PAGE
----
Malawi is yet to forget the terror Young Democrats (YDs) unleashed on innocent people during the decade of United Democratic Front (UDF) rule. However, a new youth wing called Yellow Youth for Change (YYC), comprising professionals, has emerged in the party. What is it about? Ephraim Nyondo caught up with YYC’s publicity secretary Kelvin Zulu to find out more.
Q: What kind of people are in this wing?
A: Basically, it is a group of young vibrant members of United Democratic Front (UDF) called Yellow Youth for Change (YYC). Like any other wing, it is a non-profit affiliate to UDF and it is basically a representation of the youth. Its members are of different professionals with a common interest in policy advocacy and economic reforms.
Q: How will it work when already there is another wing in the party?
A: As far as we are concerned, there is nothing wrong with the party having more than one wing. UDF is our mother body and it can have as many units as possible as long as they have different functions but a common goal. We will have no problems since each affiliate to the party has its own well-defined roles but same common goal. In fact, in that manner, we are only basically broadening our base for reaching out across the country.
Q: What problem in the country involving the youths and democracy is your wing responding to?
A: We are a youth-centred wing. And if you would note, our post-independence politics has not been rosy for the youth, especially during this democratic dispensation. Apart from being the majority in the country, the youth have principally [been spectators] in this country’s politics. If involved, then it is through being agents of destruction than building. We saw it with Malawi Young Pioneers (MYP) during MCP era, with Young Democrats during the UDF reign and recently with Youth Cadets in DPP. This is an image we want to erase, and it is the political problem we are responding to.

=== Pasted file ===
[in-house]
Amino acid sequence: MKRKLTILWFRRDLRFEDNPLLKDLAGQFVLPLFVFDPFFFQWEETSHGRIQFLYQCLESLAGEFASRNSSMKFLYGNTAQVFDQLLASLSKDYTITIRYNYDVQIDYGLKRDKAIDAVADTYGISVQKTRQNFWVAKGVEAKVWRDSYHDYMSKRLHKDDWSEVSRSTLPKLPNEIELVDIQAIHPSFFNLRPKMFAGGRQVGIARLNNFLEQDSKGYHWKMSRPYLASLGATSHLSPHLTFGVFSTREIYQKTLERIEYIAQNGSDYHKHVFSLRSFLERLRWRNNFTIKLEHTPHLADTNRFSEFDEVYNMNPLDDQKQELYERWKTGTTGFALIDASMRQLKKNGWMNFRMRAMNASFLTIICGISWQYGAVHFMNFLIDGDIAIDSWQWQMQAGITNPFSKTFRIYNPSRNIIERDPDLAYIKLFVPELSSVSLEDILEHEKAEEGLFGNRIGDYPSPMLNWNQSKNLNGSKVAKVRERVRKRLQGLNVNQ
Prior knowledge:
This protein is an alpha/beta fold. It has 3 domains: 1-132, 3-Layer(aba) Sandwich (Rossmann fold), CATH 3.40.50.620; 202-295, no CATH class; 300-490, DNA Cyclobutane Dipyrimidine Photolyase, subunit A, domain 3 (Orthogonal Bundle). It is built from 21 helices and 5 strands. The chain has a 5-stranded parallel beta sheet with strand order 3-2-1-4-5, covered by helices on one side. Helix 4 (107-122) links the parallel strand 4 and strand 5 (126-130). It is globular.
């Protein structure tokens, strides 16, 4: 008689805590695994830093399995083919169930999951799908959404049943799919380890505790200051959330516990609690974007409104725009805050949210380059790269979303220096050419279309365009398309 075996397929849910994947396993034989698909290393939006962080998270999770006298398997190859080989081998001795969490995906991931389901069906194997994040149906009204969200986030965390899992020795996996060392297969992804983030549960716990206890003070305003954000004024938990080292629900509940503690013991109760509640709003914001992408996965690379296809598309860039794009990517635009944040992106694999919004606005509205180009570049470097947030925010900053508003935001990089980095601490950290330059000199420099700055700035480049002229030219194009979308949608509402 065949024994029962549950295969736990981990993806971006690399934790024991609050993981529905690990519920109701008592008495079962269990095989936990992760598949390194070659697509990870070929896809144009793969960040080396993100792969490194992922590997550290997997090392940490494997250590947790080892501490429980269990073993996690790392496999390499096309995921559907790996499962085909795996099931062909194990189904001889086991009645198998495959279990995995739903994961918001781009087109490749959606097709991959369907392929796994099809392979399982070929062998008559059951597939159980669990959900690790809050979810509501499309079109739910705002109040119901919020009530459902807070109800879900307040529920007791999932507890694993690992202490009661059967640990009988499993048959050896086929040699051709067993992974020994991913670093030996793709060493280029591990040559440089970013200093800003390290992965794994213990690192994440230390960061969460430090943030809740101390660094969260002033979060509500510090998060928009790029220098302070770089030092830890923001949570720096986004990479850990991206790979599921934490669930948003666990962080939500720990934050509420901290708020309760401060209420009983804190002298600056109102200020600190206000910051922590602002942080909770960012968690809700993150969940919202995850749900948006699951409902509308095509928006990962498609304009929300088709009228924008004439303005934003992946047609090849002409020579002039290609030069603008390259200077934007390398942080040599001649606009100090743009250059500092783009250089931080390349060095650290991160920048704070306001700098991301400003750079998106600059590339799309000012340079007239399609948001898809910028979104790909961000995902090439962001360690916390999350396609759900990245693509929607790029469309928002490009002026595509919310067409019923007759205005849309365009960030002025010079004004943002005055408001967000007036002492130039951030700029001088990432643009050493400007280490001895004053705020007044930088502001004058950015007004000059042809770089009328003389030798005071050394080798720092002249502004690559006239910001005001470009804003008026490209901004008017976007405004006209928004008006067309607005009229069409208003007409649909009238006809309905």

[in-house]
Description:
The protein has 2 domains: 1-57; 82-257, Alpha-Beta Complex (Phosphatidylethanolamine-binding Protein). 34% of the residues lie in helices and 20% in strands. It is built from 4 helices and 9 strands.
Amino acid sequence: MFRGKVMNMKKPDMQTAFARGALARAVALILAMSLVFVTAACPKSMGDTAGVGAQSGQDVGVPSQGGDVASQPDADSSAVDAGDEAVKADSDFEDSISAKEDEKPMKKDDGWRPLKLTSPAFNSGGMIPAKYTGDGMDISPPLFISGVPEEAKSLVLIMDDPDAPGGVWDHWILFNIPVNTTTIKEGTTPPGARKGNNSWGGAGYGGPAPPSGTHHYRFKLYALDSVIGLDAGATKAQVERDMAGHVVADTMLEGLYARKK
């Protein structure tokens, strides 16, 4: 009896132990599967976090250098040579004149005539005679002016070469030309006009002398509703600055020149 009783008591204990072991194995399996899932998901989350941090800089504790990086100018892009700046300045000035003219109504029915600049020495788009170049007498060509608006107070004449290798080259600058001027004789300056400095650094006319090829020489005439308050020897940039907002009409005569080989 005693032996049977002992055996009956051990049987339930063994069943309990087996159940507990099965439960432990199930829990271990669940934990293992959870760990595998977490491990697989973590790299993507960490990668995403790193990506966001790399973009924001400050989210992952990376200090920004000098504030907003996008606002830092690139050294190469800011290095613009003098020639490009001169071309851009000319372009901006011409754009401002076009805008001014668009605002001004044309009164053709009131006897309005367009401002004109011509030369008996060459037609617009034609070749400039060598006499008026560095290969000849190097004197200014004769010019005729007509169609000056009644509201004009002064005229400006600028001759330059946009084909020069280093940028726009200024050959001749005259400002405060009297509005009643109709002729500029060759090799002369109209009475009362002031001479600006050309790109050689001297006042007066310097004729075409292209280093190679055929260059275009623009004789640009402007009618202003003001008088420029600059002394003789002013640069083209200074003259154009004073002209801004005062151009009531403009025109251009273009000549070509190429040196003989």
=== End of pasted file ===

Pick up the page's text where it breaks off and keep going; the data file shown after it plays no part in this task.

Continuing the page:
Basically, the youth need to understand political-based democratic systems and economic policies and the future implication now, especially when they are the future leaders. Many people and perhaps not only the youth take voting casually. It is unfortunate in today’s politics to see people we regard as experienced politicians using abusive words, with the aim of destroying others. Political parties are not there for destructions. If anything, a party should focus on economic and infrastructural development and their methodologies, and not wasting time and the country’s already limited resources.
Q: What do you want to achieve?
A: Our wish is to build an understanding of political-based democratic systems mainly to our fellow youths. Every party’s wish is to help as well as provide support to all its candidates contesting in elections. We believe that as youths, we can make the right decisions if we can grow a passion to understand political-based democratic systems and economic policies now.
Q: It appears the problem of youths being sidelined to medium of violence dates back to MCP era. Recently, we even saw it in DPP Youth Cadets. Why the resilience?
A: We believe that being active youths, we are in a position of understanding our fellow youths better and that taking a well-structured approach to reformation, sensitisation and above all, campaign awareness for positive change, we would achieve positive results even in the most challenging political and economic circumstances. It is very important to make the youth understand the process of infrastructure development and that violence, looting, brutality and other immoral acts have and will never be a part of the key to success. From the conscience point of view, anybody involved in any of the above filthy acts mentioned contributed to this crushing unfriendly economy that we are experiencing today.
Q: What strategies has your wing put in place to show that you are a model for change?
A: Discipline is of paramount importance in our group and violence has and will never be a part of the key to success. As a group, we have a strong disciplinary committee. We have various strategies and many activities outlined that we intend to reach our fellow youths with, centred on providing civic education in various aspects of economic growth and reformation whose details I cannot mention here.
Q: What mechanism have you put in place to make sure that the strategies are followed?
A: I certainly believe “commitment” and “practice” is more or less the same thing. It is very difficult for one not be committed to practice and vice versa. Most importantly we need to be realistic and optimistic.
Q: Where do you want to see youths in 2030?
A: To have youths who will understand that a better tomorrow is achievable and starts with ourselves. Therefore, the youth need patience and understanding that all things around us are keys to our economic growth, and damage to any of our built infrastructure and business that are already in place is only retarding our own socio-economic development regardless of who the owner may be. We would like the youths of this country to attain self-reliance and become responsible citizens the nation can depend on while in their younger youth days and not to be regarded as tools for destruction.